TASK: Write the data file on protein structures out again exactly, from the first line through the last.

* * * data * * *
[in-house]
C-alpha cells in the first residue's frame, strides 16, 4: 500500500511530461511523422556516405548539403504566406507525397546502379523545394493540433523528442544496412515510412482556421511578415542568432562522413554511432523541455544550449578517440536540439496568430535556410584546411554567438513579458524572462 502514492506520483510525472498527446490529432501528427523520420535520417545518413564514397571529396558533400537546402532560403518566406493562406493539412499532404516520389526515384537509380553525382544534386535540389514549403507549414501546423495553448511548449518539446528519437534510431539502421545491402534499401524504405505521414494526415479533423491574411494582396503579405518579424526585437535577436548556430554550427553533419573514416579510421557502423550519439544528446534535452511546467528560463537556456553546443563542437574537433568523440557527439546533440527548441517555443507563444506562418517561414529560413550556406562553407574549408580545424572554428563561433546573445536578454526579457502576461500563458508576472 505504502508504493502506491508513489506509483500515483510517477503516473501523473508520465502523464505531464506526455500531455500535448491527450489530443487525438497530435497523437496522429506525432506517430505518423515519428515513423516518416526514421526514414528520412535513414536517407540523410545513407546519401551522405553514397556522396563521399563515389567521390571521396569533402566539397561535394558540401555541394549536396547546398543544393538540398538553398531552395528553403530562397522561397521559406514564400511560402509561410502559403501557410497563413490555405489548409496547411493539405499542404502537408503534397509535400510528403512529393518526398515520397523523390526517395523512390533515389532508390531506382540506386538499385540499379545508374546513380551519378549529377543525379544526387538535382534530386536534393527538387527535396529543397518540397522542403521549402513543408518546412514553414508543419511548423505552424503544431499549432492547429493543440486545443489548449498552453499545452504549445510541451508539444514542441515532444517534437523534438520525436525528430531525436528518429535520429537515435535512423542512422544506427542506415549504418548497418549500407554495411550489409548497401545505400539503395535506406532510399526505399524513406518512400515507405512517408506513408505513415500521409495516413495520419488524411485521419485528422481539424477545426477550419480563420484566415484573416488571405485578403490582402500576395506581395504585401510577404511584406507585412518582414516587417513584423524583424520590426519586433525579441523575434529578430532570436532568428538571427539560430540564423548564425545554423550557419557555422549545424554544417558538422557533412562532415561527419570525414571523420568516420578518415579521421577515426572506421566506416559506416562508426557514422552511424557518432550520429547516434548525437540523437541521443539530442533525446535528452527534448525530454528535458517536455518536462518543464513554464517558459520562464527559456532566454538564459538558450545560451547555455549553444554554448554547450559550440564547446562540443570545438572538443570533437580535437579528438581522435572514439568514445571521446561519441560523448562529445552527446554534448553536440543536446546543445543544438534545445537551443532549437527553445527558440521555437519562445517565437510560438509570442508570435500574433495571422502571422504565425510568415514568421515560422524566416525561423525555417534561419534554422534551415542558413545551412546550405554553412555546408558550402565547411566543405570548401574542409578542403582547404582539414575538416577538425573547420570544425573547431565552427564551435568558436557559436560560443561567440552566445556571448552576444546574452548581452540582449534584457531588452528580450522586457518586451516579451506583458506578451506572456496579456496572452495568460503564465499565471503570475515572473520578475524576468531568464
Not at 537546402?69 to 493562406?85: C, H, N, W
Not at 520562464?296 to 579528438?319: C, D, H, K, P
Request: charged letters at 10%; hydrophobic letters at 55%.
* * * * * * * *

[in-house]
C-alpha cells in the first residue's frame, strides 16, 4: 500500500511530461511523422556516405548539403504566406507525397546502379523545394493540433523528442544496412515510412482556421511578415542568432562522413554511432523541455544550449578517440536540439496568430535556410584546411554567438513579458524572462 502514492506520483510525472498527446490529432501528427523520420535520417545518413564514397571529396558533400537546402532560403518566406493562406493539412499532404516520389526515384537509380553525382544534386535540389514549403507549414501546423495553448511548449518539446528519437534510431539502421545491402534499401524504405505521414494526415479533423491574411494582396503579405518579424526585437535577436548556430554550427553533419573514416579510421557502423550519439544528446534535452511546467528560463537556456553546443563542437574537433568523440557527439546533440527548441517555443507563444506562418517561414529560413550556406562553407574549408580545424572554428563561433546573445536578454526579457502576461500563458508576472 505504502508504493502506491508513489506509483500515483510517477503516473501523473508520465502523464505531464506526455500531455500535448491527450489530443487525438497530435497523437496522429506525432506517430505518423515519428515513423516518416526514421526514414528520412535513414536517407540523410545513407546519401551522405553514397556522396563521399563515389567521390571521396569533402566539397561535394558540401555541394549536396547546398543544393538540398538553398531552395528553403530562397522561397521559406514564400511560402509561410502559403501557410497563413490555405489548409496547411493539405499542404502537408503534397509535400510528403512529393518526398515520397523523390526517395523512390533515389532508390531506382540506386538499385540499379545508374546513380551519378549529377543525379544526387538535382534530386536534393527538387527535396529543397518540397522542403521549402513543408518546412514553414508543419511548423505552424503544431499549432492547429493543440486545443489548449498552453499545452504549445510541451508539444514542441515532444517534437523534438520525436525528430531525436528518429535520429537515435535512423542512422544506427542506415549504418548497418549500407554495411550489409548497401545505400539503395535506406532510399526505399524513406518512400515507405512517408506513408505513415500521409495516413495520419488524411485521419485528422481539424477545426477550419480563420484566415484573416488571405485578403490582402500576395506581395504585401510577404511584406507585412518582414516587417513584423524583424520590426519586433525579441523575434529578430532570436532568428538571427539560430540564423548564425545554423550557419557555422549545424554544417558538422557533412562532415561527419570525414571523420568516420578518415579521421577515426572506421566506416559506416562508426557514422552511424557518432550520429547516434548525437540523437541521443539530442533525446535528452527534448525530454528535458517536455518536462518543464513554464517558459520562464527559456532566454538564459538558450545560451547555455549553444554554448554547450559550440564547446562540443570545438572538443570533437580535437579528438581522435572514439568514445571521446561519441560523448562529445552527446554534448553536440543536446546543445543544438534545445537551443532549437527553445527558440521555437519562445517565437510560438509570442508570435500574433495571422502571422504565425510568415514568421515560422524566416525561423525555417534561419534554422534551415542558413545551412546550405554553412555546408558550402565547411566543405570548401574542409578542403582547404582539414575538416577538425573547420570544425573547431565552427564551435568558436557559436560560443561567440552566445556571448552576444546574452548581452540582449534584457531588452528580450522586457518586451516579451506583458506578451506572456496579456496572452495568460503564465499565471503570475515572473520578475524576468531568464
Not at 537546402?69 to 493562406?85: C, H, N, W
Not at 520562464?296 to 579528438?319: C, D, H, K, P
Request: charged letters at 10%; hydrophobic letters at 55%.